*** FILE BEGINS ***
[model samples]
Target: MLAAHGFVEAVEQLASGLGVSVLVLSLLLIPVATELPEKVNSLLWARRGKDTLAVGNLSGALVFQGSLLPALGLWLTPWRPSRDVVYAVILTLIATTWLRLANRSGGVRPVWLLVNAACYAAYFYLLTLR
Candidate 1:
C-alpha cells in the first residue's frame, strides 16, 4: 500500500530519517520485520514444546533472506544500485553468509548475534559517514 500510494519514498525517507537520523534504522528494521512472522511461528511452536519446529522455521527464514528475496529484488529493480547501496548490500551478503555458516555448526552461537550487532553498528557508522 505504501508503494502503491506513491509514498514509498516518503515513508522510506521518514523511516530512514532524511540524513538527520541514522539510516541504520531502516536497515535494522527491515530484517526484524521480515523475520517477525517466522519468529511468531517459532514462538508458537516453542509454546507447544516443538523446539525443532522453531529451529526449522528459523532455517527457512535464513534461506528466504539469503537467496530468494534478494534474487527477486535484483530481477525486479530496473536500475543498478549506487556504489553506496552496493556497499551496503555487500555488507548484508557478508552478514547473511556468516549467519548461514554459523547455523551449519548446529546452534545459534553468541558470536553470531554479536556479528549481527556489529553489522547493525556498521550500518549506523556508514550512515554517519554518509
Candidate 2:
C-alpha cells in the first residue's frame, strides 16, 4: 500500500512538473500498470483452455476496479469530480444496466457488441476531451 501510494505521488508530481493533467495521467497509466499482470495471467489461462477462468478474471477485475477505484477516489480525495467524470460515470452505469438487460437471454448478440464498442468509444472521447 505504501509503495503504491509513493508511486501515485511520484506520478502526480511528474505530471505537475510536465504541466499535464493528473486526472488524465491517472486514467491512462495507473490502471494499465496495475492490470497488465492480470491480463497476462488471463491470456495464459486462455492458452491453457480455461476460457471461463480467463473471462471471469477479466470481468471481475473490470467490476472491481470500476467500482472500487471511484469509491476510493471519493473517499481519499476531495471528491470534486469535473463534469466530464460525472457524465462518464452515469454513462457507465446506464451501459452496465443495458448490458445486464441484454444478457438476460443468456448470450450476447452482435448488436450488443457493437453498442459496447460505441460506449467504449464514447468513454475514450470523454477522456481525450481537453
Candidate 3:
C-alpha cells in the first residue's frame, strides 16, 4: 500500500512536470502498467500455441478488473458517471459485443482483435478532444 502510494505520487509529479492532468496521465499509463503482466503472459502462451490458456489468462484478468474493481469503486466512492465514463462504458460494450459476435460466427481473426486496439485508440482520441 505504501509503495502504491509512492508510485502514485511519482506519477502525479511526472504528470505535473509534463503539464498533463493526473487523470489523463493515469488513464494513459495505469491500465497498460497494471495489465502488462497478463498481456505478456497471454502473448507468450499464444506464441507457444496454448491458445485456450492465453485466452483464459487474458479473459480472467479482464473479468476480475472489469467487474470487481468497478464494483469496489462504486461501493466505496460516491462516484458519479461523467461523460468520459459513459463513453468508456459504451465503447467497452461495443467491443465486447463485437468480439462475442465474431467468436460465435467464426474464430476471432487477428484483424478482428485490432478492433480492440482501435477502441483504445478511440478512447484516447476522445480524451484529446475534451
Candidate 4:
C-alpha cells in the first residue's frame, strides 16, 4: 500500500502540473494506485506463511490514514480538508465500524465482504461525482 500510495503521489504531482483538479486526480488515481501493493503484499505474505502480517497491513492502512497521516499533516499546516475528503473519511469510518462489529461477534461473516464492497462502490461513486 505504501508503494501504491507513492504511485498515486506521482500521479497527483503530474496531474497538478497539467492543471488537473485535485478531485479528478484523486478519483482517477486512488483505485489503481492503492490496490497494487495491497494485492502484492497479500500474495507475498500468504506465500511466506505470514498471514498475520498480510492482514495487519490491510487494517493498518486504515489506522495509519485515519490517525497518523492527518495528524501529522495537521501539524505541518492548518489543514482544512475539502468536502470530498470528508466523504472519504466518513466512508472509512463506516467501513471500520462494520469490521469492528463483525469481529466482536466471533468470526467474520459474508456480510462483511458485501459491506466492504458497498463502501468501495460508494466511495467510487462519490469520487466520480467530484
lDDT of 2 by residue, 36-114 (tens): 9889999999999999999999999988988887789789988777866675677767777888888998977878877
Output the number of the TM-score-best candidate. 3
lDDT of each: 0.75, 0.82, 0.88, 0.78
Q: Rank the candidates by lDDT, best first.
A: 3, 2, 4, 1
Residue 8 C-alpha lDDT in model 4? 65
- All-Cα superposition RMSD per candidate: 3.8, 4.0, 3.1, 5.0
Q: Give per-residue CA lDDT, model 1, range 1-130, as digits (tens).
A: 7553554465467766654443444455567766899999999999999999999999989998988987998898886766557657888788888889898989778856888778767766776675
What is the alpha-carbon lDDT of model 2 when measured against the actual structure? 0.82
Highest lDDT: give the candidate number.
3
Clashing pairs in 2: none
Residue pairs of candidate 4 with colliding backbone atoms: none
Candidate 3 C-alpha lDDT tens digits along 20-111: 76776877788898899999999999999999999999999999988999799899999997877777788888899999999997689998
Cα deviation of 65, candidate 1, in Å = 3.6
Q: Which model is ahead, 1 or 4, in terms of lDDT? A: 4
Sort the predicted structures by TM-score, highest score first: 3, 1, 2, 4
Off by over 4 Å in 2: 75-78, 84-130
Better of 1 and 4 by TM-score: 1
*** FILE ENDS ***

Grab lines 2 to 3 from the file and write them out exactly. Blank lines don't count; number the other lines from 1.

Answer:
Target: MLAAHGFVEAVEQLASGLGVSVLVLSLLLIPVATELPEKVNSLLWARRGKDTLAVGNLSGALVFQGSLLPALGLWLTPWRPSRDVVYAVILTLIATTWLRLANRSGGVRPVWLLVNAACYAAYFYLLTLR
Candidate 1: